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The latest “Poll of Polls” on voting intentions for the UK referendum from NatCen Social Research is interesting.
   
PM Bulletin   
  
This can be seen by going to whatukthinks.org where the methodology is explained fully. But in a nutshell the “Poll of Polls” is “based on the average share of the vote for ‘Leave’ and ‘Remain’ in the six most recent polls of voting intentions in the EU Referendum”. The chart includes data collected up to 15th June.
   
As we can see, there’s been a slight but significant downturn in the lead that “Leave” has over “Remain”. Of course, there are still plenty of potential voters who describe themselves as “undecided.”
   
But the bookies suggest a different result. Earlier today the implied probability of a “Remain” vote according to Betfair rose to 67%. Yesterday morning it was coming in around 60%.
  
Here’s Betfair’s chart showing the flow of money for punters betting in favour of staying in the EU:
  
  PM Bulletin
  
As we can see it’s been quite volatile. Yet as far as I can work out the bookmakers have consistently had the “Remain” campaign ahead even as the polls now consistently say “Leave” has a significant edge. Who’s right? Only time will tell, although it’s fair to say that it’s generally safer in trying to predict such outcomes to “follow the money.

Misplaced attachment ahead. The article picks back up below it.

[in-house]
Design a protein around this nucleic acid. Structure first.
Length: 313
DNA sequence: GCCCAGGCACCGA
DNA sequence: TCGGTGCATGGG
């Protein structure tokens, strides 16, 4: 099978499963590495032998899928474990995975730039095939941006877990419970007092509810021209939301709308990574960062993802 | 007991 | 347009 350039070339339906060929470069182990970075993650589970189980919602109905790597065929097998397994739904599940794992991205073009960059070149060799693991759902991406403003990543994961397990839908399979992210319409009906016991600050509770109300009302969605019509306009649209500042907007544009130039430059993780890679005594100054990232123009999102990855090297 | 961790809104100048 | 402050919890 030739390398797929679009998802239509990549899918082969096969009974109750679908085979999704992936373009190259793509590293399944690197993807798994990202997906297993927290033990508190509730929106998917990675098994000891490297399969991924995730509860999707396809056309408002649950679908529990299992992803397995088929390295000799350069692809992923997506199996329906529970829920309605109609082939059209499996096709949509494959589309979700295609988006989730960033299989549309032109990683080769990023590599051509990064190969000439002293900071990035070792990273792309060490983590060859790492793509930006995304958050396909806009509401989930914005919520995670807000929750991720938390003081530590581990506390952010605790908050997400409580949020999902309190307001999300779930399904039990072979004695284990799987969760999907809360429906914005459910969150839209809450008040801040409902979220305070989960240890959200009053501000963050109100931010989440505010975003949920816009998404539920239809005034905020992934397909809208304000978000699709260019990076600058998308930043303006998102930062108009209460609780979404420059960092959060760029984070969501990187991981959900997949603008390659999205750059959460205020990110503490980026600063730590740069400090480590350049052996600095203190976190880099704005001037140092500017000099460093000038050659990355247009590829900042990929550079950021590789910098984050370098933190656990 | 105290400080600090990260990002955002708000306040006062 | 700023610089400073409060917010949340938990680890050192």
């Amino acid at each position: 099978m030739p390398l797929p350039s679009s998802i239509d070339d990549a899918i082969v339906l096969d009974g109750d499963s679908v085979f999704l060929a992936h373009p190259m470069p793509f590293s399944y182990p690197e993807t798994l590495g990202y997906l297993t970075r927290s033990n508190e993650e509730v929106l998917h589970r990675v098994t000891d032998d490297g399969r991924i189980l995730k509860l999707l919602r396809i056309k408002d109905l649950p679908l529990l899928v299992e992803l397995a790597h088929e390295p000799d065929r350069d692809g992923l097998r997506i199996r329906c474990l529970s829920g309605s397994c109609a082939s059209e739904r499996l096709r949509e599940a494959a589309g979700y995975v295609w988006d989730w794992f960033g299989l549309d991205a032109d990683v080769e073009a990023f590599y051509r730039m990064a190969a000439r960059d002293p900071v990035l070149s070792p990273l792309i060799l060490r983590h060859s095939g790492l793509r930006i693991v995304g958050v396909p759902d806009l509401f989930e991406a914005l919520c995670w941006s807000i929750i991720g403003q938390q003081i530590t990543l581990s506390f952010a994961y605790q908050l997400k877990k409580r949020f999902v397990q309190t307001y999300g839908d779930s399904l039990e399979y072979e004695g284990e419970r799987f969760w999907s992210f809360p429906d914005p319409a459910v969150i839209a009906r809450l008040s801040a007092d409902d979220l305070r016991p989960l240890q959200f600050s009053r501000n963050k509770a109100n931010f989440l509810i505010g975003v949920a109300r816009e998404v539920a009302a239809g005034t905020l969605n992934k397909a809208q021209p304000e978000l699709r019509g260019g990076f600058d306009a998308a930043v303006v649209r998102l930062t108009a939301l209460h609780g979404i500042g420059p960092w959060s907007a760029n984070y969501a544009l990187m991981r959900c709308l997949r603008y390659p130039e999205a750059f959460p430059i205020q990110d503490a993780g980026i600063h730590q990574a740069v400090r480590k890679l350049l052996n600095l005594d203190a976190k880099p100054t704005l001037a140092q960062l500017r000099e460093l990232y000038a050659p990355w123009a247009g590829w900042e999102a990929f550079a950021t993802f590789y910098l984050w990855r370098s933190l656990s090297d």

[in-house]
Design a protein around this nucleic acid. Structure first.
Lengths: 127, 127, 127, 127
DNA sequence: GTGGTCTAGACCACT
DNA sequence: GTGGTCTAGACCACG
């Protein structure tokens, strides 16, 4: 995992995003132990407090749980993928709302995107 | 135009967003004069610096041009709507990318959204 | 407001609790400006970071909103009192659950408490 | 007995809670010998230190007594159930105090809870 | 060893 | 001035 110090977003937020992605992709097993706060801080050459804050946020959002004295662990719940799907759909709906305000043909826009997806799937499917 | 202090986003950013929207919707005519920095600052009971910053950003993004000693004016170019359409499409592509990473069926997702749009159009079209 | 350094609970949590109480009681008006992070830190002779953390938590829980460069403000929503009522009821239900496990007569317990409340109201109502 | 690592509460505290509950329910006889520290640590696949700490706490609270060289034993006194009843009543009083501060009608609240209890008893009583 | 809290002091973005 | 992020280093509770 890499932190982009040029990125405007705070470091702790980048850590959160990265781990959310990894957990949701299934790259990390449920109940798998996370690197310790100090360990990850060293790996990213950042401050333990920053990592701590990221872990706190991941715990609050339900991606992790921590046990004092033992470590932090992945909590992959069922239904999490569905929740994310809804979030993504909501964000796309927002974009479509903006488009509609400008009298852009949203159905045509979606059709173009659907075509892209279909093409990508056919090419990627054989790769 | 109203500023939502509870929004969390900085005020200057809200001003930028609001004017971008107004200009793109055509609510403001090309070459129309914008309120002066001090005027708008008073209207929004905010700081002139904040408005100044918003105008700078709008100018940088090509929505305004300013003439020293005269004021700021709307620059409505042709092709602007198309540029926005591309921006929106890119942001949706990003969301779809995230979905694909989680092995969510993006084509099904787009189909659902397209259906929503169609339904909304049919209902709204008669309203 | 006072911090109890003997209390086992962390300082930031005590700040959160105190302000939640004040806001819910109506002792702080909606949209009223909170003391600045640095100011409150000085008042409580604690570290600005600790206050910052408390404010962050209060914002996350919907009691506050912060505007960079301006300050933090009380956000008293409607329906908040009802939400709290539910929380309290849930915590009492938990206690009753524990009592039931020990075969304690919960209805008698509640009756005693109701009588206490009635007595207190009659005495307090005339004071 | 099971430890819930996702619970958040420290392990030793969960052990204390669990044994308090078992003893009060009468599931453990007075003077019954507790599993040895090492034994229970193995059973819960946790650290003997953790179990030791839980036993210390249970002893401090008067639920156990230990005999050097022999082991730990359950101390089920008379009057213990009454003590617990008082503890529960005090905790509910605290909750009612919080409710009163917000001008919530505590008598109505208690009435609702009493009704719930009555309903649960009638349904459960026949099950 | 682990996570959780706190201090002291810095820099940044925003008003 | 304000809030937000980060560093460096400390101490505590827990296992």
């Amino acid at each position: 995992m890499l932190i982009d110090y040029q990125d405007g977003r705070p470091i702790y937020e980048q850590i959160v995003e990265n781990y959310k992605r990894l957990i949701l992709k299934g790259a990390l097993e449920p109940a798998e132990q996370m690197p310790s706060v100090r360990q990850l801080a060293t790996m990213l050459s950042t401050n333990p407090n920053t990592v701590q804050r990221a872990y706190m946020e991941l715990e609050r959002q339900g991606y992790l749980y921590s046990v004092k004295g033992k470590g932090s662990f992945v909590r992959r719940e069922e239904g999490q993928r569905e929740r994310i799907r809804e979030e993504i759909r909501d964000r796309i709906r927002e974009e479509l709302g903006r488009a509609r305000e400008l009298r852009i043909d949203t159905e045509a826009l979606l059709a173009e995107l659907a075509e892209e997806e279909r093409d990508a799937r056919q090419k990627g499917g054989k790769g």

That being the case, what about the serious money? For that we should look at the FX markets, and we’ll simplify matters by concentrating on the GBPUSD:
  
PM Bulletin
  
As of Friday (17th June) afternoon, cable is still above its February lows when it broke below 1.4000. With some analysts suggesting that sterling could drop to 1.2000 or below against the dollar if the UK votes to leave, the market really isn’t pricing in such an eventuality. This is particularly the case given that a number of analysts expect cable to rally to around 1.5000 on a “Remain” vote. Assuming that 1.2000/1.5000 is a sensible range, then a cable rate of 1.3500 is smack-bang in the middle and would suggest the market is pricing in a 50:50 chance either way. Consequently, I’d say the FX market is currently betting on the UK staying in the EU.
  
I appreciate this analysis is very simplistic and full of assumptions. But it still suggests the weight of money reckons the UK will stay in. Let’s see where cable is trading on Thursday night. On Friday we’ll know if the polls or the bookies were right. 
  
David:  Who’s right? Only time will tell, although it’s fair to say that it’s generally safer in trying to predict such outcomes to “follow the money.”
  
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Posted by David Morrison

Tagged: Bulletin PM

Category: PM Bulletin


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